Ins and outs of this golden spice
By Morgan Hannah, Life & Style Editor
Turmeric, also known as “Indian saffron,” has religious significance as a symbol of purity, fertility, and prosperity among Hindus.
Chances are you’ve probably had a taste of turmeric once or twice in your life as it’s the main ingredient in most curries after all. But there’s a lot more to this pungent golden spice than one might think.
This warm and bitter tasting spice comes from the turmeric plant and is frequently used to flavour Asian cuisine or add colour to curry powders, mustards, cheeses, butters, and even fabrics using a naturally occurring chemical called curcumin. Nowadays with artificial colouring, turmeric isn’t often used to colour clothing and textiles as it fades quickly if washed too much and is inefficient. But there’s nothing like the natural rich gold colour of turmeric on naked cotton, silk, and wool.
The use of turmeric as a spice dates back to around the Bronze Age of India, 3000 to 4000 BCE. The spice likely reached China by 700 AD, East Africa by 800 AD, West Africa by 1200 AD, and Jamaica in the 18th century. Nowadays, turmeric is refined in the tropics and commonly found in your local grocery store and in incredibly tasty turmeric lattes! Yum!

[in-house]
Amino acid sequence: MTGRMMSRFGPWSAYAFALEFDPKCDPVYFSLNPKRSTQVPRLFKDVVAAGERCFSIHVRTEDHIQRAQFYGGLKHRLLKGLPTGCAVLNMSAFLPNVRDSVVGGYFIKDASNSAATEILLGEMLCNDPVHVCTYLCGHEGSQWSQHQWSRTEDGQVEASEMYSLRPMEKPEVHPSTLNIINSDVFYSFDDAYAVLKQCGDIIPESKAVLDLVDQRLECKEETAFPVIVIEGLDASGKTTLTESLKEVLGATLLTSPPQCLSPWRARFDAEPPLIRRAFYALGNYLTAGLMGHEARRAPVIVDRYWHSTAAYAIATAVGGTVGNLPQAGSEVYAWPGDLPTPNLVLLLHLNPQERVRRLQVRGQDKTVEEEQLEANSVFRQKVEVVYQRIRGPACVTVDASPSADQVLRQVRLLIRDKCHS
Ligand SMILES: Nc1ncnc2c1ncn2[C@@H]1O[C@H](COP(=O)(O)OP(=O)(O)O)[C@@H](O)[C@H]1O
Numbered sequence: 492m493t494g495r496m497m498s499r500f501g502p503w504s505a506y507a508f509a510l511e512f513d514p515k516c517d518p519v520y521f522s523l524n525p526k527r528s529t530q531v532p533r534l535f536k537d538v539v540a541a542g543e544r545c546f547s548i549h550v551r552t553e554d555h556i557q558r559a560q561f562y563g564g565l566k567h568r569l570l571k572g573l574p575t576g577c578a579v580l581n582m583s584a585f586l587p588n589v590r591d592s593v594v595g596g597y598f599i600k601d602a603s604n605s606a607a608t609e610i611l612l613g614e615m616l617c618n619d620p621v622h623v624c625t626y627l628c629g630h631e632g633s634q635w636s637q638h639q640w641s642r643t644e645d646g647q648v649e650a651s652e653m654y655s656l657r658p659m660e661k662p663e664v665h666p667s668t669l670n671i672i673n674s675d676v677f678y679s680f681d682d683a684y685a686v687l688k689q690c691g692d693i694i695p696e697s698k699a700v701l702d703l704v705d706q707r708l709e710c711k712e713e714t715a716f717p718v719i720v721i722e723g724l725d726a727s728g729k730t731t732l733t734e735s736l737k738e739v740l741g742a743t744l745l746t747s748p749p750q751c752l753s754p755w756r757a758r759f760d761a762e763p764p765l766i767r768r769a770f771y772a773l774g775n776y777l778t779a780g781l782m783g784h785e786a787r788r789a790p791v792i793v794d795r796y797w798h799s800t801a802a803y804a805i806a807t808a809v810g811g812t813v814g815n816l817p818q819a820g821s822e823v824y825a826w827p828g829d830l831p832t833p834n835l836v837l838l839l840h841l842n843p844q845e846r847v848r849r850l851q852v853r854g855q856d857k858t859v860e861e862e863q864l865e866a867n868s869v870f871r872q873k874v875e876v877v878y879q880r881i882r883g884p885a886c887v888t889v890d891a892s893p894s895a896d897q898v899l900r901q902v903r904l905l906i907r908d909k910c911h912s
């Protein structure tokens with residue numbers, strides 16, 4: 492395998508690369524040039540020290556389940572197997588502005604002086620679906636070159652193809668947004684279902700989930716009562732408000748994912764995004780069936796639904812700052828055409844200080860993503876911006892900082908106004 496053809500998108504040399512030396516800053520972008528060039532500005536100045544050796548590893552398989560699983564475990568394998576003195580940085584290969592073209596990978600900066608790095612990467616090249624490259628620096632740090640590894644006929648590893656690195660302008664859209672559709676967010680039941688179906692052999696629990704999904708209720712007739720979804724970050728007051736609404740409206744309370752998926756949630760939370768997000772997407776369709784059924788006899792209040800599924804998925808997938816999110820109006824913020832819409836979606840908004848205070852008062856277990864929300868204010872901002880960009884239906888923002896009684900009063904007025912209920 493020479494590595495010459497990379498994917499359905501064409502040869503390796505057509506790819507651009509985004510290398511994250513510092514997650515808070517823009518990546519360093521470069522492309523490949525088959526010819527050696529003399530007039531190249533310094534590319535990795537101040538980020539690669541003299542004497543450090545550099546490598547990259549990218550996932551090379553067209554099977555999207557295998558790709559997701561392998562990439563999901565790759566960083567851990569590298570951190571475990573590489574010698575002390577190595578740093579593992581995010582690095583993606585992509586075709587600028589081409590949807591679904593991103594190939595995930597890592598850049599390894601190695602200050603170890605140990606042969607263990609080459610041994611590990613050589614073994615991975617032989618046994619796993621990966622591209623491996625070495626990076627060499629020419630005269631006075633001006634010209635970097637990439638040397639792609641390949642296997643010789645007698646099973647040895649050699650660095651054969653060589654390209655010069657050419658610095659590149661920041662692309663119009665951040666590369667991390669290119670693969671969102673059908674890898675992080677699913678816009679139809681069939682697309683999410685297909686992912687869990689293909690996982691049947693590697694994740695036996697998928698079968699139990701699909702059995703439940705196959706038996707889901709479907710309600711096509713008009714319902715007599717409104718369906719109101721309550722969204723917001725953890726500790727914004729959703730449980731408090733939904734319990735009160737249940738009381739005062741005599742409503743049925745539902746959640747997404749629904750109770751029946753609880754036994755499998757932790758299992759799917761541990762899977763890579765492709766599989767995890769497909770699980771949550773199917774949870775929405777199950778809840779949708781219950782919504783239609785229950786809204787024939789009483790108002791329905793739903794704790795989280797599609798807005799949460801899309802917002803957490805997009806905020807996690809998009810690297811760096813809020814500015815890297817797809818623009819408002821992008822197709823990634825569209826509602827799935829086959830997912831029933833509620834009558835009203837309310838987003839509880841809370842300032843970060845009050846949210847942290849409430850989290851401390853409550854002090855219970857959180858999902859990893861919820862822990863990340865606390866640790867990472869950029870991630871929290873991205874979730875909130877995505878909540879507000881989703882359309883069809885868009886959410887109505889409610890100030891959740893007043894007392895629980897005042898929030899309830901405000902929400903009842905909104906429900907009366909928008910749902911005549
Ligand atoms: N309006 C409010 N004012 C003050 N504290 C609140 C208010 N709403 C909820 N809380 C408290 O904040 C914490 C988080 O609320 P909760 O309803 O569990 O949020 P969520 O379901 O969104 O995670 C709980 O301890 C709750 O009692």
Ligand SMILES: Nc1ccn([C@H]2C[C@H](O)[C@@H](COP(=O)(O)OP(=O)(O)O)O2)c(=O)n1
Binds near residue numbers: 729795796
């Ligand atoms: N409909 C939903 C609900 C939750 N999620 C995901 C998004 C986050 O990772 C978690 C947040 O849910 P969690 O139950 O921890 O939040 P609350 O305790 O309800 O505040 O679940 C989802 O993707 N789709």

Turmeric, also known as “Indian saffron,” has religious significance as a symbol of purity, fertility, and prosperity among Hindus. It is also associated with the worship of Hindu gods such as Kaali, the mother goddess, and Naaga, the serpent god.
Turmeric is used not only in food, but in cosmetics and medicines all over the world. It is currently used in several sunscreens and face masks, providing protection, inflammation control, and purification of toxins in and on the skin due to its antimicrobial properties. When applied topically, turmeric delivers a wonderful warming sensation.
When ingested orally over a long period of time, turmeric may help those who suffer from asthma, rheumatoid arthritis, urinary tract infections, menstrual pains, liver ailments, and digestive disorders, among many other ailments. It is believed that consumption of turmeric may also help prevent cancer through inhibiting mutated-cell multiplication. It wouldn’t be too hard to believe that turmeric is an all-natural fix-all ingredient! If you’re not allergic to the golden spice, why not give it a try? It certainly can’t hurt and hey, adding more turmeric to your diet might also provide you with a pleasant and vibrant flavour boost!